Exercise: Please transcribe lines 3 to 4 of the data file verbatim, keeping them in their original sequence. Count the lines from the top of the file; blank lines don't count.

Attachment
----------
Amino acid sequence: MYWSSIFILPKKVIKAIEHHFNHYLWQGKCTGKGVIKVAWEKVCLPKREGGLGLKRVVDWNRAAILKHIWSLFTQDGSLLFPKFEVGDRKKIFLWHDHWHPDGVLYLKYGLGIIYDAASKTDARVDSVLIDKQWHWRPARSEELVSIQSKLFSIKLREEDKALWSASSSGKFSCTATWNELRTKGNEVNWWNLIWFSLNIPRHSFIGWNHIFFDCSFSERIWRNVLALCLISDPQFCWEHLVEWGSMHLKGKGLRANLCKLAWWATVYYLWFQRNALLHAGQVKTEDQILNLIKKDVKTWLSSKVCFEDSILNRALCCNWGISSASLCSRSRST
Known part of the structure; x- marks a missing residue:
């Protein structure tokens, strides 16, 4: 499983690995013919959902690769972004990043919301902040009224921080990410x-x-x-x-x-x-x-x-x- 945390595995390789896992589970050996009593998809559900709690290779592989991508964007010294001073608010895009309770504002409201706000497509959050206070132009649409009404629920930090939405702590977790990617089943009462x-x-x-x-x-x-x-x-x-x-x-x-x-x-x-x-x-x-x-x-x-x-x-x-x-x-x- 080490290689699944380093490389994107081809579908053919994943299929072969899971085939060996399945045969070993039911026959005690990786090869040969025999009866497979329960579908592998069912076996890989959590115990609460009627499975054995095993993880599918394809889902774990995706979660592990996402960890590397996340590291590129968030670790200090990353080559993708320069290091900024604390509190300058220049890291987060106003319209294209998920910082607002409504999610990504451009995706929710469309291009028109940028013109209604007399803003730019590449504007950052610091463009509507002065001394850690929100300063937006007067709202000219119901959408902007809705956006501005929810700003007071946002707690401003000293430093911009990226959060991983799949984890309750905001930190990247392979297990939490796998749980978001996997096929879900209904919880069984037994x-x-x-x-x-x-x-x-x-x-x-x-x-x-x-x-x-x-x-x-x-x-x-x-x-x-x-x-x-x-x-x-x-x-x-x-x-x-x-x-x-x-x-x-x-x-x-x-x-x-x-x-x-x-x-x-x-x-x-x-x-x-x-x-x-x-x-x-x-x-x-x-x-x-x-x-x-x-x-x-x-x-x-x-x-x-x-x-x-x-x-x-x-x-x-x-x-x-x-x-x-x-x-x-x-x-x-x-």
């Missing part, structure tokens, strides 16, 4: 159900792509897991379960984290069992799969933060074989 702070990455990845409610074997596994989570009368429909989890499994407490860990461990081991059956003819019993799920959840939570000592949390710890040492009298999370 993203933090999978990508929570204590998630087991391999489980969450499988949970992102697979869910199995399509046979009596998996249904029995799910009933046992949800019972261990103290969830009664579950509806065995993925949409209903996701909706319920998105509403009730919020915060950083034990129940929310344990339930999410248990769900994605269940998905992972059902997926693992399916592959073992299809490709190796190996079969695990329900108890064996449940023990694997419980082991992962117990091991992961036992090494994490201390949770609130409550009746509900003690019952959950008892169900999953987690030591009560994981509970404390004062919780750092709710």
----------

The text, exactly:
């Protein structure tokens, strides 16, 4: 499983690995013919959902690769972004990043919301902040009224921080990410x-x-x-x-x-x-x-x-x- 945390595995390789896992589970050996009593998809559900709690290779592989991508964007010294001073608010895009309770504002409201706000497509959050206070132009649409009404629920930090939405702590977790990617089943009462x-x-x-x-x-x-x-x-x-x-x-x-x-x-x-x-x-x-x-x-x-x-x-x-x-x-x- 080490290689699944380093490389994107081809579908053919994943299929072969899971085939060996399945045969070993039911026959005690990786090869040969025999009866497979329960579908592998069912076996890989959590115990609460009627499975054995095993993880599918394809889902774990995706979660592990996402960890590397996340590291590129968030670790200090990353080559993708320069290091900024604390509190300058220049890291987060106003319209294209998920910082607002409504999610990504451009995706929710469309291009028109940028013109209604007399803003730019590449504007950052610091463009509507002065001394850690929100300063937006007067709202000219119901959408902007809705956006501005929810700003007071946002707690401003000293430093911009990226959060991983799949984890309750905001930190990247392979297990939490796998749980978001996997096929879900209904919880069984037994x-x-x-x-x-x-x-x-x-x-x-x-x-x-x-x-x-x-x-x-x-x-x-x-x-x-x-x-x-x-x-x-x-x-x-x-x-x-x-x-x-x-x-x-x-x-x-x-x-x-x-x-x-x-x-x-x-x-x-x-x-x-x-x-x-x-x-x-x-x-x-x-x-x-x-x-x-x-x-x-x-x-x-x-x-x-x-x-x-x-x-x-x-x-x-x-x-x-x-x-x-x-x-x-x-x-x-x-």
């Missing part, structure tokens, strides 16, 4: 159900792509897991379960984290069992799969933060074989 702070990455990845409610074997596994989570009368429909989890499994407490860990461990081991059956003819019993799920959840939570000592949390710890040492009298999370 993203933090999978990508929570204590998630087991391999489980969450499988949970992102697979869910199995399509046979009596998996249904029995799910009933046992949800019972261990103290969830009664579950509806065995993925949409209903996701909706319920998105509403009730919020915060950083034990129940929310344990339930999410248990769900994605269940998905992972059902997926693992399916592959073992299809490709190796190996079969695990329900108890064996449940023990694997419980082991992962117990091991992961036992090494994490201390949770609130409550009746509900003690019952959950008892169900999953987690030591009560994981509970404390004062919780750092709710």